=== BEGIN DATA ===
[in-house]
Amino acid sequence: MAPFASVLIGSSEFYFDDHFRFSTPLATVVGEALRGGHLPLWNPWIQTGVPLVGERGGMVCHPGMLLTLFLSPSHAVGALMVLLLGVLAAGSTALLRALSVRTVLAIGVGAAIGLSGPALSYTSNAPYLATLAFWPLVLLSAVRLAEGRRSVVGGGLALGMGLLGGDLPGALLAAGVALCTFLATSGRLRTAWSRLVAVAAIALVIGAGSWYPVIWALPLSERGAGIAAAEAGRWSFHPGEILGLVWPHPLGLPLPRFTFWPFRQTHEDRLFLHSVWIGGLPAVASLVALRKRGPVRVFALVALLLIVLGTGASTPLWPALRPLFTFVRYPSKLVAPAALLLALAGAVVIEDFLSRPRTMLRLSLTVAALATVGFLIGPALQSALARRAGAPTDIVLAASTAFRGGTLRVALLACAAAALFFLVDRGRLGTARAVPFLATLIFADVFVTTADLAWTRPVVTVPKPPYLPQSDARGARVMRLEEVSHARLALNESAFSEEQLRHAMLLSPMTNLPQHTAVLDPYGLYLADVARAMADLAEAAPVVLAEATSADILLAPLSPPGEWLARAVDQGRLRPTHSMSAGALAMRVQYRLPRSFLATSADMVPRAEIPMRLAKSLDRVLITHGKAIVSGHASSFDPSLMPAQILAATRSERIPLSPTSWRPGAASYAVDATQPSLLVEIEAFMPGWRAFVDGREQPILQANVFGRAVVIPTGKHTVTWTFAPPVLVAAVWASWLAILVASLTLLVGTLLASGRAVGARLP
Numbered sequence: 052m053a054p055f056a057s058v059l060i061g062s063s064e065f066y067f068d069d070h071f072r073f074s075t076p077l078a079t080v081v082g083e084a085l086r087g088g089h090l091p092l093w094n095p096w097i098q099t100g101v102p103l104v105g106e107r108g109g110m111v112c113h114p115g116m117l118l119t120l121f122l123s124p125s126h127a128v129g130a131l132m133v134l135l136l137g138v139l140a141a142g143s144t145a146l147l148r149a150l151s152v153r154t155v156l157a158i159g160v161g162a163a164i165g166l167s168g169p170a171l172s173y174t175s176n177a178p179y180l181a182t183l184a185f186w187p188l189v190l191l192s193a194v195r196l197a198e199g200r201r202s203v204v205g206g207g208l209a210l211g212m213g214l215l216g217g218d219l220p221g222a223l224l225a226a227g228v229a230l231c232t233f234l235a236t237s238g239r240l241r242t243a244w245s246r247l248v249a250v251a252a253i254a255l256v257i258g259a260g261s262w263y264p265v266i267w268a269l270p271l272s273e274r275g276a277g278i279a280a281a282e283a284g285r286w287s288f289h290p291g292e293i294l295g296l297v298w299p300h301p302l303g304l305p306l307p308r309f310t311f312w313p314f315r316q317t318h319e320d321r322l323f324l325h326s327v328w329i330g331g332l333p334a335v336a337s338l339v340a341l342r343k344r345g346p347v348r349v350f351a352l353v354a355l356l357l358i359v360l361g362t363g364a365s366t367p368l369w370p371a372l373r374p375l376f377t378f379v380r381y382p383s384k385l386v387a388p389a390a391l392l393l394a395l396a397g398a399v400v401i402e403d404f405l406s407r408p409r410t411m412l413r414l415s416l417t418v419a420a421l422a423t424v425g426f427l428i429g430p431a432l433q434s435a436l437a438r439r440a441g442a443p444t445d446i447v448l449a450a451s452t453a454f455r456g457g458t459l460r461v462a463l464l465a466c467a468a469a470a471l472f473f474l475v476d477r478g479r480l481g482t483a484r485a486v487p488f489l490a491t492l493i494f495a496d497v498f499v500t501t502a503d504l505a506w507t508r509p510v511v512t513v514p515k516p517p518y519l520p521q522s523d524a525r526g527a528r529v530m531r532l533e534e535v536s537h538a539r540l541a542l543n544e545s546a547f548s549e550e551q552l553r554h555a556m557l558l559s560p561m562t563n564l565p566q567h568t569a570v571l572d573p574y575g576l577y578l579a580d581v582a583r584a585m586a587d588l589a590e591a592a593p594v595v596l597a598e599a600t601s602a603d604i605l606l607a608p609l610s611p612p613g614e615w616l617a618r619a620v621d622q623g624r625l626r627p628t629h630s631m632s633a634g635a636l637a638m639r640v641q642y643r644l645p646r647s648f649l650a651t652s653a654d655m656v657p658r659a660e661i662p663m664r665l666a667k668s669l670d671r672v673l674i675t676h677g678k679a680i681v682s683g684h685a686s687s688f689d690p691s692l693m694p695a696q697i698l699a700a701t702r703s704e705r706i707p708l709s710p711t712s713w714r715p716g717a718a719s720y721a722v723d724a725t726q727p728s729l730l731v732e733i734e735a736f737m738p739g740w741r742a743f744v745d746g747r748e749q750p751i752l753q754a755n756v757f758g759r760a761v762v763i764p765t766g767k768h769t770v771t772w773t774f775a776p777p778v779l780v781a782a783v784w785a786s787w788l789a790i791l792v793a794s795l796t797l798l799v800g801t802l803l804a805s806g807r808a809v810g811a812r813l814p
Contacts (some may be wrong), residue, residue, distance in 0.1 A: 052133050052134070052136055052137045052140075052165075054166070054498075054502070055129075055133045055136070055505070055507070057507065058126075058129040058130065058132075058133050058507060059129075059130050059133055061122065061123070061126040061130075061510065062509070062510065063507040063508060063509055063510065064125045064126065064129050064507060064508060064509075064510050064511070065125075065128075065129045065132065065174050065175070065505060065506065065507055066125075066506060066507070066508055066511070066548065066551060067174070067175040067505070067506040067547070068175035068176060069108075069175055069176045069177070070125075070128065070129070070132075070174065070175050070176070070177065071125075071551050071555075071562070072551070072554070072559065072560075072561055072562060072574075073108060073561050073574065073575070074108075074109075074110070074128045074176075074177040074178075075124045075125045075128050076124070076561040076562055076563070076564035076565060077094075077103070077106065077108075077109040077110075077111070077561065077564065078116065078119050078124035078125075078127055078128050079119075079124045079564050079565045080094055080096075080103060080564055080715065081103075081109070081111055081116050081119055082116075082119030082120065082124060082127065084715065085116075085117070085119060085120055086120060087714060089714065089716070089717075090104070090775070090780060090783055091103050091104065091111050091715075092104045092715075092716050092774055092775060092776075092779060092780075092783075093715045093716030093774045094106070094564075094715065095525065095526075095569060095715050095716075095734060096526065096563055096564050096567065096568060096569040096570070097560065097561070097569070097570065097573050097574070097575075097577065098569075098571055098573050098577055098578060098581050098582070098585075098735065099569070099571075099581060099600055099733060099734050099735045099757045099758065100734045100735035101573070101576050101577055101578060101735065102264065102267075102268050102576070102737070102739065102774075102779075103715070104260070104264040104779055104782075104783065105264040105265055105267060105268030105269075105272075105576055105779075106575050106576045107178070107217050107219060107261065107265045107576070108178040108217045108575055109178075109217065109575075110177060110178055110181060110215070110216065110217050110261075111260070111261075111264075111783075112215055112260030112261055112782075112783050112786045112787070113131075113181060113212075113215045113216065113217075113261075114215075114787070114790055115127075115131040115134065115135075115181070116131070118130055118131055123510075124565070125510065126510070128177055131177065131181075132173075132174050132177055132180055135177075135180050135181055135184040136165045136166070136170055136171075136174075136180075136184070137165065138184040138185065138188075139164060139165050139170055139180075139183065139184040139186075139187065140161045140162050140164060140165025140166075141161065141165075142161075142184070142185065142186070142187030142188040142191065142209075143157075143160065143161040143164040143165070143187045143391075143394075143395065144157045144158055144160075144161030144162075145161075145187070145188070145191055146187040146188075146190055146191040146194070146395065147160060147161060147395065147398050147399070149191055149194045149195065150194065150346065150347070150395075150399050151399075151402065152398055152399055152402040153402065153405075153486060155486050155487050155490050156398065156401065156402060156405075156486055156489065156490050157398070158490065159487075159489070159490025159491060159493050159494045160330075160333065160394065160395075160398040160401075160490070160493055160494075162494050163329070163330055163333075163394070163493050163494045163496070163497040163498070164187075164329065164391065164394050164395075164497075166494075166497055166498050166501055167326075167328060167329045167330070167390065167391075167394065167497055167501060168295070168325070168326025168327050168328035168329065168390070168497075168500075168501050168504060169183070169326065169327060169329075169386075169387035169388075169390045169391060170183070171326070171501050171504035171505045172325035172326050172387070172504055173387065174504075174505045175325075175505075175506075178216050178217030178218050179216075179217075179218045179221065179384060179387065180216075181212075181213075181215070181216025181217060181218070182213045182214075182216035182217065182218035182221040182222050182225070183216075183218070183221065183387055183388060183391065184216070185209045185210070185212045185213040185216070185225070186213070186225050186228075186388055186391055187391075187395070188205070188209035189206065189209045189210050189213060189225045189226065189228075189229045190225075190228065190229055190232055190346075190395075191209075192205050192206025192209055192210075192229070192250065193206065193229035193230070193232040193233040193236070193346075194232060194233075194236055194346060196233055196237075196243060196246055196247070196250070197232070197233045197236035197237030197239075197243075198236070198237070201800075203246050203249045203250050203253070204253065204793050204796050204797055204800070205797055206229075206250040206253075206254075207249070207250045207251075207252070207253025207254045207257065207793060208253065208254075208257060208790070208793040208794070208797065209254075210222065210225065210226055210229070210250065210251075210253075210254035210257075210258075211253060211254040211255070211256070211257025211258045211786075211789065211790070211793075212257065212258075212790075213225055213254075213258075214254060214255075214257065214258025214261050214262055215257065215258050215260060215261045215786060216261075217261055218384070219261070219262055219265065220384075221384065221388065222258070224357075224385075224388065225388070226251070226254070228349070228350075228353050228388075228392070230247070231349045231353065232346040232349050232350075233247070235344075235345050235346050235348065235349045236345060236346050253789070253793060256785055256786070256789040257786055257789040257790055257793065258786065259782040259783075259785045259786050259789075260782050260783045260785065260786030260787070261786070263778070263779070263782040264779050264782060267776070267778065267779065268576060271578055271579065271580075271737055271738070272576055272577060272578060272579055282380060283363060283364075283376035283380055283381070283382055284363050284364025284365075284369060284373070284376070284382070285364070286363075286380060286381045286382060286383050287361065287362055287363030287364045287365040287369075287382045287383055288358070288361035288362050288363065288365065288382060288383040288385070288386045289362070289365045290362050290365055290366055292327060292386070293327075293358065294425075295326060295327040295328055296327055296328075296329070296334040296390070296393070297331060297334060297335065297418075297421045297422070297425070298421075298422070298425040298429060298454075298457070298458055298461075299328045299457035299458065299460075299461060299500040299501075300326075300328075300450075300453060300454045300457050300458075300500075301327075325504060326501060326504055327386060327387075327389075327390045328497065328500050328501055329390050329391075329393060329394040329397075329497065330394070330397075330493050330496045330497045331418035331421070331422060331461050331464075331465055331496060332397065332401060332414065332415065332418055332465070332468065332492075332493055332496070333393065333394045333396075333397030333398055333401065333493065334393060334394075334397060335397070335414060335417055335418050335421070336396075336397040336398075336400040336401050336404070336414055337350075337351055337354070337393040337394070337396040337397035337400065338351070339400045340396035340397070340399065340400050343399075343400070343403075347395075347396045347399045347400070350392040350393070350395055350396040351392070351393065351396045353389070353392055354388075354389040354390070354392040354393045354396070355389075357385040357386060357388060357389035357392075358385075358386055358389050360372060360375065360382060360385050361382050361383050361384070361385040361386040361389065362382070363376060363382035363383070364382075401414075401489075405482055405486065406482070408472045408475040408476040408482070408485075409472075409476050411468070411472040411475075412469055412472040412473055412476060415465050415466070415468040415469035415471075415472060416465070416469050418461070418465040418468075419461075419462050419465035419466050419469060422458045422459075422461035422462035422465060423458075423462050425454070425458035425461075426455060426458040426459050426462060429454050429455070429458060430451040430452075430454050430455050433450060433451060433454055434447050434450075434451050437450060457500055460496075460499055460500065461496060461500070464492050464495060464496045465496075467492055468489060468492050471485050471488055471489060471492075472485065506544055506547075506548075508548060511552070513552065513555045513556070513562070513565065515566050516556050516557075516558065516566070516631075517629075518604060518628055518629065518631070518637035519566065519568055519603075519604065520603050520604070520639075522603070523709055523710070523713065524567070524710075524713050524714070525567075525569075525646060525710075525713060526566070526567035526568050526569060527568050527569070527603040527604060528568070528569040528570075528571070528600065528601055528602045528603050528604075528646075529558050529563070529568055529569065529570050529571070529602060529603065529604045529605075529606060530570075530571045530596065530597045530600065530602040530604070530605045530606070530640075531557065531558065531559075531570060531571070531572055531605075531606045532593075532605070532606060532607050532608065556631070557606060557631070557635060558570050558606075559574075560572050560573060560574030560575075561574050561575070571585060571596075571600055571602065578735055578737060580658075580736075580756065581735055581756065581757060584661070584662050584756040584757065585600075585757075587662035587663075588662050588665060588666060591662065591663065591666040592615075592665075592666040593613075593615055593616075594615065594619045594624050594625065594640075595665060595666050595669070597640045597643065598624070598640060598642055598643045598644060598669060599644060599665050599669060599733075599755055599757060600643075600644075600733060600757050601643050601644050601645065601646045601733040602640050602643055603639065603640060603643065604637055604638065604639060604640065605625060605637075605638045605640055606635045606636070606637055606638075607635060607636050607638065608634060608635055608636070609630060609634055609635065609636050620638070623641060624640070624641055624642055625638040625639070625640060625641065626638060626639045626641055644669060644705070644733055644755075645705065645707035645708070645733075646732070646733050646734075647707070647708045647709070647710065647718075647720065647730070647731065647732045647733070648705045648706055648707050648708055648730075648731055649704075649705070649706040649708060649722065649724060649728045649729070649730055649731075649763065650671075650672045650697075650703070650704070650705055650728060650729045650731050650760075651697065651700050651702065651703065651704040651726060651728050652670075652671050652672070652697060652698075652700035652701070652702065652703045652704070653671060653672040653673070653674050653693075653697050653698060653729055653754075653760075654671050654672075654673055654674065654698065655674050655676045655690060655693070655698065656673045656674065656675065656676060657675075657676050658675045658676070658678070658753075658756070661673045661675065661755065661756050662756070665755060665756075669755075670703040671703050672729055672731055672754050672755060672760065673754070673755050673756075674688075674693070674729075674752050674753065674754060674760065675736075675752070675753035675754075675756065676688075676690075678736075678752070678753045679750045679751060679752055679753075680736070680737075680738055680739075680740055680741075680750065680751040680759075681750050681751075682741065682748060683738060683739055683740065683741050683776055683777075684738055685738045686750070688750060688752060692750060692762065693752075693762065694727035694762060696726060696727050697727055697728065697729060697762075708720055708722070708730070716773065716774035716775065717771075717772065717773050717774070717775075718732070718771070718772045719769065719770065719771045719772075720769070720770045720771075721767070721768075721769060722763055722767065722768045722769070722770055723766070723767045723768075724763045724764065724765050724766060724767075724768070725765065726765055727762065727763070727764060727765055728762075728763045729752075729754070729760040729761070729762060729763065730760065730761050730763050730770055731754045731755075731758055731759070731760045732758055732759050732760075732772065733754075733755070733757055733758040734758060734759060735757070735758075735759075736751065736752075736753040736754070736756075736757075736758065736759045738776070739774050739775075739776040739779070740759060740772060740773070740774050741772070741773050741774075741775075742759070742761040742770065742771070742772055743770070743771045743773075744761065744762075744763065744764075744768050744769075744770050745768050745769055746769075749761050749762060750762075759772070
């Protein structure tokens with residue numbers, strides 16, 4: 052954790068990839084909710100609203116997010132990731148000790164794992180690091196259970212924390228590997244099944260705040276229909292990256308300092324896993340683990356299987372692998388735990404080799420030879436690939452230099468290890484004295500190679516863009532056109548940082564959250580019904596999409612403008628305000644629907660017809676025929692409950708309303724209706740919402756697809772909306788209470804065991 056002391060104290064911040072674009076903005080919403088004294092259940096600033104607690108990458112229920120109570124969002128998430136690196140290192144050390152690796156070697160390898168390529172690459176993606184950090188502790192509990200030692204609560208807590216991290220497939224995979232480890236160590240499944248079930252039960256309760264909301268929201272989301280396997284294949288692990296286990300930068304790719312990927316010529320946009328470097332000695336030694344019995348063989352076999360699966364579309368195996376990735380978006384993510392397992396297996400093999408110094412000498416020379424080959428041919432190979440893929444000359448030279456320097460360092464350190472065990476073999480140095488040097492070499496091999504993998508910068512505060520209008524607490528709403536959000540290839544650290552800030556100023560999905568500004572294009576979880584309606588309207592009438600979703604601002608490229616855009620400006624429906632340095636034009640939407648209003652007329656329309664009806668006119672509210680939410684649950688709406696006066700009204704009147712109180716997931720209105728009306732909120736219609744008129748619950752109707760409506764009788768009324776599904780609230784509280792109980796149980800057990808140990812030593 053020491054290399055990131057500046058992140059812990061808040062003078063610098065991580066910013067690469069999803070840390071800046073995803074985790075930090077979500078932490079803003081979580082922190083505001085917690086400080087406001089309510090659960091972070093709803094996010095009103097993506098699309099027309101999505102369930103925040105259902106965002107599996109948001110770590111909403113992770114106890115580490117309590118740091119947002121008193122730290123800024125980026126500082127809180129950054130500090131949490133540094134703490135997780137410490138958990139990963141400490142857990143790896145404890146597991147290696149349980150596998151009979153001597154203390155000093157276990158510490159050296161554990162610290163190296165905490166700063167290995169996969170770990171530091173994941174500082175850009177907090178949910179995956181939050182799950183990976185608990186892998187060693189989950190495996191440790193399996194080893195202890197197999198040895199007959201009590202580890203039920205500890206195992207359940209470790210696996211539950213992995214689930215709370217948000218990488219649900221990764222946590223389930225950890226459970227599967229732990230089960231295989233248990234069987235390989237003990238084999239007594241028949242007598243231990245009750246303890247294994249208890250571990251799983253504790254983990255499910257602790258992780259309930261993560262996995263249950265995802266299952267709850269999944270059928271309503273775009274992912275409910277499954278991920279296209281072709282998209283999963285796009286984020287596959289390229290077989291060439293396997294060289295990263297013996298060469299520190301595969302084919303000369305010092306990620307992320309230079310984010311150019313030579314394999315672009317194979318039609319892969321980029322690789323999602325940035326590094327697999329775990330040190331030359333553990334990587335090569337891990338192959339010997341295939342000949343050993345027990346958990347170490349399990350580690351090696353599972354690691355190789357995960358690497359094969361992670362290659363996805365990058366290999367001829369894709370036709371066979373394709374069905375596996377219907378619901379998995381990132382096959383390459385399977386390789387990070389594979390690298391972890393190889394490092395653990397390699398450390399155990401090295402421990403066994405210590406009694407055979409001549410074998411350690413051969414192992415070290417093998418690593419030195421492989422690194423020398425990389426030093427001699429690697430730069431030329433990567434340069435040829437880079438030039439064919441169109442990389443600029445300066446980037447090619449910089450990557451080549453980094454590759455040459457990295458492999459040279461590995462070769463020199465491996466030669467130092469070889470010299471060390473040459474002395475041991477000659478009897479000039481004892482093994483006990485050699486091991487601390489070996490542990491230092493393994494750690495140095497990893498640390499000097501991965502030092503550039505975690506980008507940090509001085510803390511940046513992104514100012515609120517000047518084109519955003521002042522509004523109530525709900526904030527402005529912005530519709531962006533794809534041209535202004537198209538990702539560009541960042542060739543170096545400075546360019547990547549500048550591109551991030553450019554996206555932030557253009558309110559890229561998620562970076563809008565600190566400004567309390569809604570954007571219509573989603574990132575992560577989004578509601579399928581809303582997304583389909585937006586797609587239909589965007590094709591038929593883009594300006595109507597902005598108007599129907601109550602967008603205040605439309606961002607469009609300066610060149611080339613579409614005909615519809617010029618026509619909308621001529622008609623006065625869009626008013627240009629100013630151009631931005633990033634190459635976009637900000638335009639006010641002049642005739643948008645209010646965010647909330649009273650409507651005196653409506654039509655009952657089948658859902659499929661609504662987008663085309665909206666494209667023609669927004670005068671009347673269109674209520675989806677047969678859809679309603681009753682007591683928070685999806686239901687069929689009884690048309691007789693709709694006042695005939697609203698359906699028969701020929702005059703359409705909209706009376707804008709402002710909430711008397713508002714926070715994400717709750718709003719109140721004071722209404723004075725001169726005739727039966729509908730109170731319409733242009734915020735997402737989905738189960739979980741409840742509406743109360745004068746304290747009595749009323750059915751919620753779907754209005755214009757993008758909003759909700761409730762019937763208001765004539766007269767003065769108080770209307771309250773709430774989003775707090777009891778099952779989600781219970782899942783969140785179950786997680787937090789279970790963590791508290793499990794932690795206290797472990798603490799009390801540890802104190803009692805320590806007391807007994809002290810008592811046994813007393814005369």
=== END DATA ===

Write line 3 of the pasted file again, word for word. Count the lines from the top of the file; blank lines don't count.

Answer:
Numbered sequence: 052m053a054p055f056a057s058v059l060i061g062s063s064e065f066y067f068d069d070h071f072r073f074s075t076p077l078a079t080v081v082g083e084a085l086r087g088g089h090l091p092l093w094n095p096w097i098q099t100g101v102p103l104v105g106e107r108g109g110m111v112c113h114p115g116m117l118l119t120l121f122l123s124p125s126h127a128v129g130a131l132m133v134l135l136l137g138v139l140a141a142g143s144t145a146l147l148r149a150l151s152v153r154t155v156l157a158i159g160v161g162a163a164i165g166l167s168g169p170a171l172s173y174t175s176n177a178p179y180l181a182t183l184a185f186w187p188l189v190l191l192s193a194v195r196l197a198e199g200r201r202s203v204v205g206g207g208l209a210l211g212m213g214l215l216g217g218d219l220p221g222a223l224l225a226a227g228v229a230l231c232t233f234l235a236t237s238g239r240l241r242t243a244w245s246r247l248v249a250v251a252a253i254a255l256v257i258g259a260g261s262w263y264p265v266i267w268a269l270p271l272s273e274r275g276a277g278i279a280a281a282e283a284g285r286w287s288f289h290p291g292e293i294l295g296l297v298w299p300h301p302l303g304l305p306l307p308r309f310t311f312w313p314f315r316q317t318h319e320d321r322l323f324l325h326s327v328w329i330g331g332l333p334a335v336a337s338l339v340a341l342r343k344r345g346p347v348r349v350f351a352l353v354a355l356l357l358i359v360l361g362t363g364a365s366t367p368l369w370p371a372l373r374p375l376f377t378f379v380r381y382p383s384k385l386v387a388p389a390a391l392l393l394a395l396a397g398a399v400v401i402e403d404f405l406s407r408p409r410t411m412l413r414l415s416l417t418v419a420a421l422a423t424v425g426f427l428i429g430p431a432l433q434s435a436l437a438r439r440a441g442a443p444t445d446i447v448l449a450a451s452t453a454f455r456g457g458t459l460r461v462a463l464l465a466c467a468a469a470a471l472f473f474l475v476d477r478g479r480l481g482t483a484r485a486v487p488f489l490a491t492l493i494f495a496d497v498f499v500t501t502a503d504l505a506w507t508r509p510v511v512t513v514p515k516p517p518y519l520p521q522s523d524a525r526g527a528r529v530m531r532l533e534e535v536s537h538a539r540l541a542l543n544e545s546a547f548s549e550e551q552l553r554h555a556m557l558l559s560p561m562t563n564l565p566q567h568t569a570v571l572d573p574y575g576l577y578l579a580d581v582a583r584a585m586a587d588l589a590e591a592a593p594v595v596l597a598e599a600t601s602a603d604i605l606l607a608p609l610s611p612p613g614e615w616l617a618r619a620v621d622q623g624r625l626r627p628t629h630s631m632s633a634g635a636l637a638m639r640v641q642y643r644l645p646r647s648f649l650a651t652s653a654d655m656v657p658r659a660e661i662p663m664r665l666a667k668s669l670d671r672v673l674i675t676h677g678k679a680i681v682s683g684h685a686s687s688f689d690p691s692l693m694p695a696q697i698l699a700a701t702r703s704e705r706i707p708l709s710p711t712s713w714r715p716g717a718a719s720y721a722v723d724a725t726q727p728s729l730l731v732e733i734e735a736f737m738p739g740w741r742a743f744v745d746g747r748e749q750p751i752l753q754a755n756v757f758g759r760a761v762v763i764p765t766g767k768h769t770v771t772w773t774f775a776p777p778v779l780v781a782a783v784w785a786s787w788l789a790i791l792v793a794s795l796t797l798l799v800g801t802l803l804a805s806g807r808a809v810g811a812r813l814p